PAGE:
Mr. President, I rise as the main Democratic sponsor of this amendment. I have given this a lot of thought for a long time. I believe what we have before us is language that is essentially content neutral. It is on conduct — not speech. ... [T]here is no idea or thought expressed by the burning of the American flag that cannot be expressed equally well in another manner. While I might disagree with those who protest, I defend their right to do so. ... As President Woodrow Wilson, who proclaimed the first Flag Day in 1916, said:
This flag, which we honor and under which we serve, is the emblem of our unity, our power, our thought and purpose as a nation. It has no other character than that which we give it from generation to generation. ... Though silent, it speaks to us — speaks to us of the past, of the men and women who went before us, and of the records they wrote upon it.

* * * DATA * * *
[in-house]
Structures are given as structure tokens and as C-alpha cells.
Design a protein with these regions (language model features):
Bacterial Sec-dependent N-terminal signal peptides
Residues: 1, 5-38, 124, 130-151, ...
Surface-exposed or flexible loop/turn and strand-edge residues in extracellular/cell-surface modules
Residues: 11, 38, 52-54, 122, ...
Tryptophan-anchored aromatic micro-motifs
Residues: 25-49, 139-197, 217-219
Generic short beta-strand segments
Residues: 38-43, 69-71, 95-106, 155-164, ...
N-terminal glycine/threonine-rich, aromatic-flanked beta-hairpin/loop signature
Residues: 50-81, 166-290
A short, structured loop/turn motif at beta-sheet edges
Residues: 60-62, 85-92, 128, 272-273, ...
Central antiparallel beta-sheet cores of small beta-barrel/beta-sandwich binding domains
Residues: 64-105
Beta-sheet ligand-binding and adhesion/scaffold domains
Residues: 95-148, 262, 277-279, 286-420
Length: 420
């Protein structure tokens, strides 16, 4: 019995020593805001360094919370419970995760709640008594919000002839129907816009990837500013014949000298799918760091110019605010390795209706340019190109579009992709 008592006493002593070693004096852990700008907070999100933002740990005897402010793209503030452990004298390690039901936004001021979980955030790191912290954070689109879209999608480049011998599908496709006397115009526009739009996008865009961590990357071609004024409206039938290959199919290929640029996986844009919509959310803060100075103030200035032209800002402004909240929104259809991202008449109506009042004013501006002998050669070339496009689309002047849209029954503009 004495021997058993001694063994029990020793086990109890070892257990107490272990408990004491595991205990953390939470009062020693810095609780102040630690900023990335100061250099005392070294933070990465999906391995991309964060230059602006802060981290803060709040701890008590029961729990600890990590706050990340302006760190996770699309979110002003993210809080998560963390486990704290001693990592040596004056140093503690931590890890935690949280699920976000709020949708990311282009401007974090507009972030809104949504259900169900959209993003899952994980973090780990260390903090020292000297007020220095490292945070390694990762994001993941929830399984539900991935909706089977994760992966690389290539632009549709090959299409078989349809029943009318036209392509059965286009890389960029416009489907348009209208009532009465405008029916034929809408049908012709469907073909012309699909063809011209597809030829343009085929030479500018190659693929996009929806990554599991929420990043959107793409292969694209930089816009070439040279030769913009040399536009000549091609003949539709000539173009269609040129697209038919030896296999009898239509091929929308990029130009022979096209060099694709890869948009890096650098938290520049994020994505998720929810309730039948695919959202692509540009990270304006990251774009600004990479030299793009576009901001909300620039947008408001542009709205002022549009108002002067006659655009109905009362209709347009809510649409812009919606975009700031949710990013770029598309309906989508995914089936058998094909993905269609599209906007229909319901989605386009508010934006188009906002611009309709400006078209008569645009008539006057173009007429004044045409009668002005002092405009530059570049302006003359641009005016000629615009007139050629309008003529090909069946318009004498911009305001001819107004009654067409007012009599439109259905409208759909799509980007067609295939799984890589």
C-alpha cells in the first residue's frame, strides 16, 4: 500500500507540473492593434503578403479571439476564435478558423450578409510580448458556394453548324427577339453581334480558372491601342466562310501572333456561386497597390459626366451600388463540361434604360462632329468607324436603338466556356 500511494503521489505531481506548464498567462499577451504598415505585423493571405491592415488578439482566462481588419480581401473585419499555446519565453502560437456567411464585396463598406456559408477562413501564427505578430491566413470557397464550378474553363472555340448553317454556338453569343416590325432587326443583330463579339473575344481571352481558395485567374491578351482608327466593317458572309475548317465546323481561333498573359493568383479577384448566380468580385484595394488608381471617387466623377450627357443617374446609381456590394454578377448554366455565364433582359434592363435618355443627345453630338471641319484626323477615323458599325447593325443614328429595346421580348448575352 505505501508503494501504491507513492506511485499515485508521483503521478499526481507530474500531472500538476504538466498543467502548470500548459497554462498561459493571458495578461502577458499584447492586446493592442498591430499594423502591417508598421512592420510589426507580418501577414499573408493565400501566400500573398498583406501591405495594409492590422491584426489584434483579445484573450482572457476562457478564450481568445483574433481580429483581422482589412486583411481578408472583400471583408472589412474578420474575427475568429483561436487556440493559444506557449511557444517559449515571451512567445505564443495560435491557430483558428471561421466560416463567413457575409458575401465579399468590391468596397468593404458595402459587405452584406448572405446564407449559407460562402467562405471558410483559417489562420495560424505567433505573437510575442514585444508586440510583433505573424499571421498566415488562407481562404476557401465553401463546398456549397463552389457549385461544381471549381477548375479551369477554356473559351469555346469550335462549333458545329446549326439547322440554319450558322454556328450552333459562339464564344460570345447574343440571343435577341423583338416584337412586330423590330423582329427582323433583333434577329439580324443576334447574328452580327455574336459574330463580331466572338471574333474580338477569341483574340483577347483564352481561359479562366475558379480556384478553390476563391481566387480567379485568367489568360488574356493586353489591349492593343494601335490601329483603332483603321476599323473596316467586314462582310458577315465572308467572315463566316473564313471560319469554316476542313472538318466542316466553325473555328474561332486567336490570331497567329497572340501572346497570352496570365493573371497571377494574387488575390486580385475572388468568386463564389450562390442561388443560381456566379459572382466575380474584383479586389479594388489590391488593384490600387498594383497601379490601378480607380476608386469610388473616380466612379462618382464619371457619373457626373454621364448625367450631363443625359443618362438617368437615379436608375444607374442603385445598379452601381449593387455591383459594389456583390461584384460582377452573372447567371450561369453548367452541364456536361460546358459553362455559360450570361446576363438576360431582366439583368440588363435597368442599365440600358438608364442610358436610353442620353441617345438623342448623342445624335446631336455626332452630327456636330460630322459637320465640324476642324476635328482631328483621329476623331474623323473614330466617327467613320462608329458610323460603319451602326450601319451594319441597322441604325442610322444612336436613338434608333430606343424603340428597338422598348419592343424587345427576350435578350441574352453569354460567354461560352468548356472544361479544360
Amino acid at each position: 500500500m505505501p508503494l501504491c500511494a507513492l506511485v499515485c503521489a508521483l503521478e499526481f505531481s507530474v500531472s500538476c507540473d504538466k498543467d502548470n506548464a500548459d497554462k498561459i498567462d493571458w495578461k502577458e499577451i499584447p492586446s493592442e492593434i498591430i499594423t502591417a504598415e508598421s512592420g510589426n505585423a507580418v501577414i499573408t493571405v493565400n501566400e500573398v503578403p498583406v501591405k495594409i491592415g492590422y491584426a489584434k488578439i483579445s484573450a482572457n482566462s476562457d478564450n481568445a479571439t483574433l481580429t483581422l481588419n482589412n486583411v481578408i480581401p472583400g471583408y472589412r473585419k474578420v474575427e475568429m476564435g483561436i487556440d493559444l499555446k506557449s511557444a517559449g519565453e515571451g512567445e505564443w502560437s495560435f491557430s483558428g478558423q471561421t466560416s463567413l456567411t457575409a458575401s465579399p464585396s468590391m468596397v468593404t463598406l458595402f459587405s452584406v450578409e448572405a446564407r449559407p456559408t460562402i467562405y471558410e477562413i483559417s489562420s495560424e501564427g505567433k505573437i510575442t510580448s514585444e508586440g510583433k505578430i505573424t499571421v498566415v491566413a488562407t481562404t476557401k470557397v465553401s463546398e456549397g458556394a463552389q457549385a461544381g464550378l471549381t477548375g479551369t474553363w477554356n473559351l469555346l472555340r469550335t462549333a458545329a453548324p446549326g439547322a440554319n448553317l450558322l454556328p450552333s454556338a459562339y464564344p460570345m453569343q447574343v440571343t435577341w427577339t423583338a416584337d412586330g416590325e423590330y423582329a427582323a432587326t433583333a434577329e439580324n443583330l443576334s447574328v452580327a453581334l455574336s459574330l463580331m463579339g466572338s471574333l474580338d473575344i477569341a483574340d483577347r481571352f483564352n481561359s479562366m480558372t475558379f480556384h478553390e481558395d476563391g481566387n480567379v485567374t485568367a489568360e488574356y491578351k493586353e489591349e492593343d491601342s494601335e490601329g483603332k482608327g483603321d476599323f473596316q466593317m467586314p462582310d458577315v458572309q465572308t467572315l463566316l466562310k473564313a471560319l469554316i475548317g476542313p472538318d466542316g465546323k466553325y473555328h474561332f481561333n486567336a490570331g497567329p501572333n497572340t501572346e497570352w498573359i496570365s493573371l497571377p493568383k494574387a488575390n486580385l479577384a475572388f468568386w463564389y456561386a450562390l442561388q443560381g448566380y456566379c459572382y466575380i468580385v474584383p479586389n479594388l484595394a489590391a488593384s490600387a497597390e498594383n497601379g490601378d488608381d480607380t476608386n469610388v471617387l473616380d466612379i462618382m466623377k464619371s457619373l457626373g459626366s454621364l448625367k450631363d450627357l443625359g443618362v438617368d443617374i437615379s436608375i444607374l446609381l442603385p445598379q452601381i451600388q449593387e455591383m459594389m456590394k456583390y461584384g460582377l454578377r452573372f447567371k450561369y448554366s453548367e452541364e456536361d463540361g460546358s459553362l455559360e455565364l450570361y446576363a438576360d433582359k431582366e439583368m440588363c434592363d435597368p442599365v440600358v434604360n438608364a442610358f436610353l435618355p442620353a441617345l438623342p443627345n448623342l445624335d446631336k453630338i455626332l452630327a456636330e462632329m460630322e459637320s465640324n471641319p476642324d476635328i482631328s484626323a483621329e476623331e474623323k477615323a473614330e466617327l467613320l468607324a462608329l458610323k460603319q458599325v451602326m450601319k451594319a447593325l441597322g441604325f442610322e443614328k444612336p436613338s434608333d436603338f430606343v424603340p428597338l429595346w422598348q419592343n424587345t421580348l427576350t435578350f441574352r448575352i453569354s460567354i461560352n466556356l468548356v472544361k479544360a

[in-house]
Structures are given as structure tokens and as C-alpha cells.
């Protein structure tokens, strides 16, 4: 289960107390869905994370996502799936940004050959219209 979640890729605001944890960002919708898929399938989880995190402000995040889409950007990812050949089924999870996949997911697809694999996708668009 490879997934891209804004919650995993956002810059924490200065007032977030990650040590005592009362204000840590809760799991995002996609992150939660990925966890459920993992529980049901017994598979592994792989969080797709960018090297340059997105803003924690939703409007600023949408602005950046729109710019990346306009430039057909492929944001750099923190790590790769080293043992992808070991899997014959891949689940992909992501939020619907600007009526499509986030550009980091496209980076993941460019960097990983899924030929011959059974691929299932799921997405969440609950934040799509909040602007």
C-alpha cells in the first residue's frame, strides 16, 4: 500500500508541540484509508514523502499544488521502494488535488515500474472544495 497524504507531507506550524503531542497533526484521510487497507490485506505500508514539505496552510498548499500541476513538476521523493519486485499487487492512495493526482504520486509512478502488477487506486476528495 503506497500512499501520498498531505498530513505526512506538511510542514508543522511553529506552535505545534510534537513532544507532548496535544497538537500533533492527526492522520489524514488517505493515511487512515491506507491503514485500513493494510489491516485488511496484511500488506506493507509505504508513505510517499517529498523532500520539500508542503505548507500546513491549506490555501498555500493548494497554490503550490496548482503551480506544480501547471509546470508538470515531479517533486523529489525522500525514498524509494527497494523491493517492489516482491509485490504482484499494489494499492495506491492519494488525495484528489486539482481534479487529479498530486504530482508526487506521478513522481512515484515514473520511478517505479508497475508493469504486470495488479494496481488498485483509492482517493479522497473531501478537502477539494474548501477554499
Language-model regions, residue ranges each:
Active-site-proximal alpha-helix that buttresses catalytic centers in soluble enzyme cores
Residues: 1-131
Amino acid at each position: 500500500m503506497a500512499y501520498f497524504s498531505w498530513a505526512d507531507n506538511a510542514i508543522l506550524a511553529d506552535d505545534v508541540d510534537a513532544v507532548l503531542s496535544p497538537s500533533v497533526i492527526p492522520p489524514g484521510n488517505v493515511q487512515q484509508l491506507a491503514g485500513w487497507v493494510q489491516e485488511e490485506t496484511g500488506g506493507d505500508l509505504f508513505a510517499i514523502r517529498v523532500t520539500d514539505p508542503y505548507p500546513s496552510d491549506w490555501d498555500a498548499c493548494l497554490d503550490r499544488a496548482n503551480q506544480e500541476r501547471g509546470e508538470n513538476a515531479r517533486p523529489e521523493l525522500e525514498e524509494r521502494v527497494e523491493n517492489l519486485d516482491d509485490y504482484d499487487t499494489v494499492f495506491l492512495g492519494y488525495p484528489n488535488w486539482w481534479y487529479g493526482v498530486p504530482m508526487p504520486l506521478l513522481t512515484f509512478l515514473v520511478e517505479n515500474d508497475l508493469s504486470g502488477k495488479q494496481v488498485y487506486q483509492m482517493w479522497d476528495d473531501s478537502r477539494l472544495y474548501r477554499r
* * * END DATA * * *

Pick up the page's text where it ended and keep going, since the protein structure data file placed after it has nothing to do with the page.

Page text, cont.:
Utter hogwash! The First Amendment guarantees "freedom of speech, [and] of the press," but it protects all forms of expression, most especially political expression. There can be no shadow of a doubt that desecration of the flag is political expression, every bit as much as standing in the public square speaking on the issues of the day. There can also be no doubt that — precisely because of its offensiveness — burning the flag makes a point that cannot be expressed in any other way. The quote from President Wilson is a good one, but not for the purpose Senator Feinstein used it. The flag is an emblem which has no other character than that which we give it. Are we going to give the flag the character of freedom, of open and vigorous debate and dissent, or are we going to give it the character of enforced conformity, of marching in lock-step with all the others who are patriotic not out of choice or free will but out of fear of the government?